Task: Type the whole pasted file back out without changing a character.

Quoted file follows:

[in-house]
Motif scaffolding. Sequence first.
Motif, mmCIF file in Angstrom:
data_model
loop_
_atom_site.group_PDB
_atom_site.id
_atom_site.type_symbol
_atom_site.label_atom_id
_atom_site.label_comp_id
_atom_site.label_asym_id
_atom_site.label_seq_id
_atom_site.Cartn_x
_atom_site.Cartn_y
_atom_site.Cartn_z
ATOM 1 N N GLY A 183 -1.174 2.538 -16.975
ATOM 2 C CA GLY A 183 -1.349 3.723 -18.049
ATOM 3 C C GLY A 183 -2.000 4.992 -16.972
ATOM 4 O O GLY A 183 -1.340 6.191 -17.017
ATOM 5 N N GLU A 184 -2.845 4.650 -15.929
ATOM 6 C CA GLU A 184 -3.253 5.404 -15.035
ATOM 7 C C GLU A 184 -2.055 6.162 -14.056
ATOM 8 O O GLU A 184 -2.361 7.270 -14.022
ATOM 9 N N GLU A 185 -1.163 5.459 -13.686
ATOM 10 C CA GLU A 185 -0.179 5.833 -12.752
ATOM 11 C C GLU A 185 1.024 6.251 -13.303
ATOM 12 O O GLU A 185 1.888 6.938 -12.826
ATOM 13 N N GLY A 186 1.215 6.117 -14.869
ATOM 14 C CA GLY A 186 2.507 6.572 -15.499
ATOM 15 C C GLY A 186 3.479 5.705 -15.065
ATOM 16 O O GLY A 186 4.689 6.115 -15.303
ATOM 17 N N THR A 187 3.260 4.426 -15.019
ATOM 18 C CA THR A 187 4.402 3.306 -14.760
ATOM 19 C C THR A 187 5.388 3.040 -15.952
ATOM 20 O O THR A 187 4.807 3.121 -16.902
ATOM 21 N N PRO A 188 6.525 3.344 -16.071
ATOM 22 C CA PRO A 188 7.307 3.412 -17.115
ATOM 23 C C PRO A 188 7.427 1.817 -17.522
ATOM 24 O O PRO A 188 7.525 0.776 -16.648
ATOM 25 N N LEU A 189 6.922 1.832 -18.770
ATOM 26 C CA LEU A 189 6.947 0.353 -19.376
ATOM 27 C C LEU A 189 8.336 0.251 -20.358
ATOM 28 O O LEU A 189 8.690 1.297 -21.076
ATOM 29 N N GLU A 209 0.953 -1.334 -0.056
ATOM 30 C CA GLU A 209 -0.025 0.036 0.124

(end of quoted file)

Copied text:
[in-house]
Motif scaffolding. Sequence first.
Motif, mmCIF file in Angstrom:
data_model
loop_
_atom_site.group_PDB
_atom_site.id
_atom_site.type_symbol
_atom_site.label_atom_id
_atom_site.label_comp_id
_atom_site.label_asym_id
_atom_site.label_seq_id
_atom_site.Cartn_x
_atom_site.Cartn_y
_atom_site.Cartn_z
ATOM 1 N N GLY A 183 -1.174 2.538 -16.975
ATOM 2 C CA GLY A 183 -1.349 3.723 -18.049
ATOM 3 C C GLY A 183 -2.000 4.992 -16.972
ATOM 4 O O GLY A 183 -1.340 6.191 -17.017
ATOM 5 N N GLU A 184 -2.845 4.650 -15.929
ATOM 6 C CA GLU A 184 -3.253 5.404 -15.035
ATOM 7 C C GLU A 184 -2.055 6.162 -14.056
ATOM 8 O O GLU A 184 -2.361 7.270 -14.022
ATOM 9 N N GLU A 185 -1.163 5.459 -13.686
ATOM 10 C CA GLU A 185 -0.179 5.833 -12.752
ATOM 11 C C GLU A 185 1.024 6.251 -13.303
ATOM 12 O O GLU A 185 1.888 6.938 -12.826
ATOM 13 N N GLY A 186 1.215 6.117 -14.869
ATOM 14 C CA GLY A 186 2.507 6.572 -15.499
ATOM 15 C C GLY A 186 3.479 5.705 -15.065
ATOM 16 O O GLY A 186 4.689 6.115 -15.303
ATOM 17 N N THR A 187 3.260 4.426 -15.019
ATOM 18 C CA THR A 187 4.402 3.306 -14.760
ATOM 19 C C THR A 187 5.388 3.040 -15.952
ATOM 20 O O THR A 187 4.807 3.121 -16.902
ATOM 21 N N PRO A 188 6.525 3.344 -16.071
ATOM 22 C CA PRO A 188 7.307 3.412 -17.115
ATOM 23 C C PRO A 188 7.427 1.817 -17.522
ATOM 24 O O PRO A 188 7.525 0.776 -16.648
ATOM 25 N N LEU A 189 6.922 1.832 -18.770
ATOM 26 C CA LEU A 189 6.947 0.353 -19.376
ATOM 27 C C LEU A 189 8.336 0.251 -20.358
ATOM 28 O O LEU A 189 8.690 1.297 -21.076
ATOM 29 N N GLU A 209 0.953 -1.334 -0.056
ATOM 30 C CA GLU A 209 -0.025 0.036 0.124